Now in its fourth year, the Wildflower count is well organised and after signing up I received an information pack, including a colour identification booklet of 99 common plants in a variety of habitats selected as they are fairly easy to identify and therefore more of us would be confident to get involved, the majority on the list are wildflowers with some ferns, trees and shrubs too. So no advanced specialist skills required, just the ability to keep your eyes peeled! The list of 99 are all clearly photographed and are very helpfully listed according to flower colour. Details of height, habitat, e.g. bog, heath, what to look for in leaves and stems are also clearly listed.
I was allocated a 1km square marked on a small section of an ordnance survey map, within a stones throw of my home. We live in a rural village with a range of habitats, some more exciting than others – village lanes, rural floodplains, small streams and rivers, grasslands, agricultural fields and part of the Greensand Ridge runs through our village too.
There are 3 options 1) to survey a path 1 km long, 2) survey a plot measuring 5m x 5m square 3) survey a linear plot 1m x 20m. Or you could choose to survey all three. As this is my first time, I chose to survey a path 1km long, rather than monitoring an adopted plot. Plantlife suggest ideally a north to south route through the centre of the allocated 1km square, mine ended up a tad meandering as one field with a right of way had Long Horn Cattle in and at another point the signed footpath was completely blocked.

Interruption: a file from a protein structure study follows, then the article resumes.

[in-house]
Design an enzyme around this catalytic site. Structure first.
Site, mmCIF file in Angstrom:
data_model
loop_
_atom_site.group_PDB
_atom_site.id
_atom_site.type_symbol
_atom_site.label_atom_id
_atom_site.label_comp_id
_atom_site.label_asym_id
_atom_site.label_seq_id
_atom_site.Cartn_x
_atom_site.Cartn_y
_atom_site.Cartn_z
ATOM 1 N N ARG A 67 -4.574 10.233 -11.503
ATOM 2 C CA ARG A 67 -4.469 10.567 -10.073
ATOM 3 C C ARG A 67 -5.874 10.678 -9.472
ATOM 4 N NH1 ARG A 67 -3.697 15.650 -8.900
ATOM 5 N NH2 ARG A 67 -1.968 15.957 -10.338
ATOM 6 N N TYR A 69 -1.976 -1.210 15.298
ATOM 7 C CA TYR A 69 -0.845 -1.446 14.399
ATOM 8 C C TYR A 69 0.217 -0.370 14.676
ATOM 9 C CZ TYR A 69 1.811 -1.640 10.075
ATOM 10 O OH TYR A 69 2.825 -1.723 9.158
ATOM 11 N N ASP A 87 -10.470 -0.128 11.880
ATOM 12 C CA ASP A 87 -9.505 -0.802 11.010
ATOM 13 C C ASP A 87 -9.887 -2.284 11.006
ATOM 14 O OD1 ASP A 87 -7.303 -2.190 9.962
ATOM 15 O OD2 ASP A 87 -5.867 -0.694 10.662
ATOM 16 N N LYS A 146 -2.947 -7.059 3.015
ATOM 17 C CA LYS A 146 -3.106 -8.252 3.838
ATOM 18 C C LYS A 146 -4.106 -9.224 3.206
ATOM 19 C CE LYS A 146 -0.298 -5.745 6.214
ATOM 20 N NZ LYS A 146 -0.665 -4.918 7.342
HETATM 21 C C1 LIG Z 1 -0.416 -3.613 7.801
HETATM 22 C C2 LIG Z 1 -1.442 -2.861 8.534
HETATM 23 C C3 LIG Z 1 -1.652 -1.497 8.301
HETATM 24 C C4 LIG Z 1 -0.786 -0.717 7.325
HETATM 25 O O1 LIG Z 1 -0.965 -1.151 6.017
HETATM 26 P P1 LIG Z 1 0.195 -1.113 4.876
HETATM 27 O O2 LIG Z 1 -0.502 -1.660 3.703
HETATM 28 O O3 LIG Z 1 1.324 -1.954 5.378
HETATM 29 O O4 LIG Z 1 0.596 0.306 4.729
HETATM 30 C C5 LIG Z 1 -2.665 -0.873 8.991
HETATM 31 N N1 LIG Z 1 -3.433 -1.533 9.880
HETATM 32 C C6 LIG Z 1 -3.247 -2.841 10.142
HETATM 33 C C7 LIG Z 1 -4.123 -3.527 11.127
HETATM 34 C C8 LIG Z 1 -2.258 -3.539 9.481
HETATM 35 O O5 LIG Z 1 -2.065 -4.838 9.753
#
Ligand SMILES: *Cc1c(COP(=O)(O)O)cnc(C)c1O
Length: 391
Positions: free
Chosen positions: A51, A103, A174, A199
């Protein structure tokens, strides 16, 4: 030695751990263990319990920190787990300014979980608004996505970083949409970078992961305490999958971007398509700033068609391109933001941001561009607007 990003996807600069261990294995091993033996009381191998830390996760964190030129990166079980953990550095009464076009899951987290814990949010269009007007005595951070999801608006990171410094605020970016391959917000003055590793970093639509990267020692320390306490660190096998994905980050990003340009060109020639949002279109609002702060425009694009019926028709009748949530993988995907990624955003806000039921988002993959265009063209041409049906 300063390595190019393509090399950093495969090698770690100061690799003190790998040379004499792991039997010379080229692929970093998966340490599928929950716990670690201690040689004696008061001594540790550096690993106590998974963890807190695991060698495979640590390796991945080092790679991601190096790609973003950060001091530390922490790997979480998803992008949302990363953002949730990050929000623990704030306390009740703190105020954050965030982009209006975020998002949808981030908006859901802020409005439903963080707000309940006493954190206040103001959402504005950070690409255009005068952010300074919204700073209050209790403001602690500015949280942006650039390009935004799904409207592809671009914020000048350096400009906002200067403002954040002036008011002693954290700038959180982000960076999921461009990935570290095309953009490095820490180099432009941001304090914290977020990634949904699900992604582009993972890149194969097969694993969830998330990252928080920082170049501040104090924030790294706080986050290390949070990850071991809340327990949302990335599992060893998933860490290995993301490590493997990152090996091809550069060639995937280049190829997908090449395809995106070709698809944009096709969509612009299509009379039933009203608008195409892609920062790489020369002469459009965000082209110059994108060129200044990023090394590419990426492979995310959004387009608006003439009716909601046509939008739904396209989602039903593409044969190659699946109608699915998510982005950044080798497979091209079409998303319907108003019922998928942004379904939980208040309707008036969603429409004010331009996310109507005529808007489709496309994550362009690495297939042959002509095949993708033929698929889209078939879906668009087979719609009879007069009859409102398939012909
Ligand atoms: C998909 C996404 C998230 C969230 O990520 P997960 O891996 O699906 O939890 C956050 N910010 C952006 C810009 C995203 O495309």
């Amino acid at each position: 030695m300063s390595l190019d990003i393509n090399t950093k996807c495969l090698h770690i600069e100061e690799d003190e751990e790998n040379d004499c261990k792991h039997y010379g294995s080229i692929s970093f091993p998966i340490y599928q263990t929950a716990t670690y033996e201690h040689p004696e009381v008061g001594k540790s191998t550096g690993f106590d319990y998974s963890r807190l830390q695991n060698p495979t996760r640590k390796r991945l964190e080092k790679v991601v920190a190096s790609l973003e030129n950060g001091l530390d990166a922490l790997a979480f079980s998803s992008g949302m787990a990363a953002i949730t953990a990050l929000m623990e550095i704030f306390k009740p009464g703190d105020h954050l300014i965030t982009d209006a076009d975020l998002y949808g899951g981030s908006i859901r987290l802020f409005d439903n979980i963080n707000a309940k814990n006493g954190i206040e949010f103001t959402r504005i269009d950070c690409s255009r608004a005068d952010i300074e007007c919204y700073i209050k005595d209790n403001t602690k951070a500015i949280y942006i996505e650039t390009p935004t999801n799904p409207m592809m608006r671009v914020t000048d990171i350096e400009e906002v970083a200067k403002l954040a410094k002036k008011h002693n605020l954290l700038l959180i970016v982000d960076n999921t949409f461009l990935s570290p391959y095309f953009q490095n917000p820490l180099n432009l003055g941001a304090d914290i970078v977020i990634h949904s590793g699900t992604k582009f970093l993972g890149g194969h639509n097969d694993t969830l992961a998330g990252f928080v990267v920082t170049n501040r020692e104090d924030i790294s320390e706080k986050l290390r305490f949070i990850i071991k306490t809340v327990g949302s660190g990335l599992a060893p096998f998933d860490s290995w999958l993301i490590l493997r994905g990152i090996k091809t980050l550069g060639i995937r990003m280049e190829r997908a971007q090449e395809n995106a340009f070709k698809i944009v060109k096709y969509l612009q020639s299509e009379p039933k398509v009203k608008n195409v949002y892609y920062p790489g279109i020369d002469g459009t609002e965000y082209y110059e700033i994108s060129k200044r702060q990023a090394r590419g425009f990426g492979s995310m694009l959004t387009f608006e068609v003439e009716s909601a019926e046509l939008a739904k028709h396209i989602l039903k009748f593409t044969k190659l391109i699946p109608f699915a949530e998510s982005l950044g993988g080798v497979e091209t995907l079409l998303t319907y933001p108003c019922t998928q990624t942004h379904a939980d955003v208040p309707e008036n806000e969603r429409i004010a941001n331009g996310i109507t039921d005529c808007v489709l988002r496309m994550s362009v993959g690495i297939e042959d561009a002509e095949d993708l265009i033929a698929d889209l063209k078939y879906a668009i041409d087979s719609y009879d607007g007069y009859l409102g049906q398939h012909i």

Our first step was to measure the path. We wheeled my husbands bike along the route, which has an odometer attached to measure out the 1km distance, noting the start and finish. Our route ran through some village lanes with a few houses, from there the path leads up through a briefly wooded area, a little grassland, another village lane and farmhouse then finally along a bridleway cutting through an agricultural field (very few wildflowers and lots of oilseed rape).
The survey should be done anytime between April and September, Plantlife suggest if possible surveying twice, during that time. Wildflowers in their varying habitats flourish at different times – The late arrival of Spring this year meant the late arrival of Bluebells and Stitchwort too. My first survey was in mid May, even then bluebells in my 1 km path were sparse. Stitchwort was delightfully abundant.
The late Spring gave way to early Summer really quickly this year and the Meadow Buttercups were at their best here in late May, whilst the Stitchwort was still flourishing in the hedgerows.
My second survey was this weekend in the relative two day cool respite from the heatwave. The ground is parched here and although my survey path runs through the parts of the village without water, we were surprised at just how much was still thriving and looking fantastic, especially the mallow and knapweed.
Included in the Plantlife pack are contact details to help with any identification queries and suggested websites which may help too. There is also the option to become a super surveyor, if you felt really confident at plant identification, where you can give details of all of the plants identified in your chosen patch over and beyond those in the booklet of 99 common plants.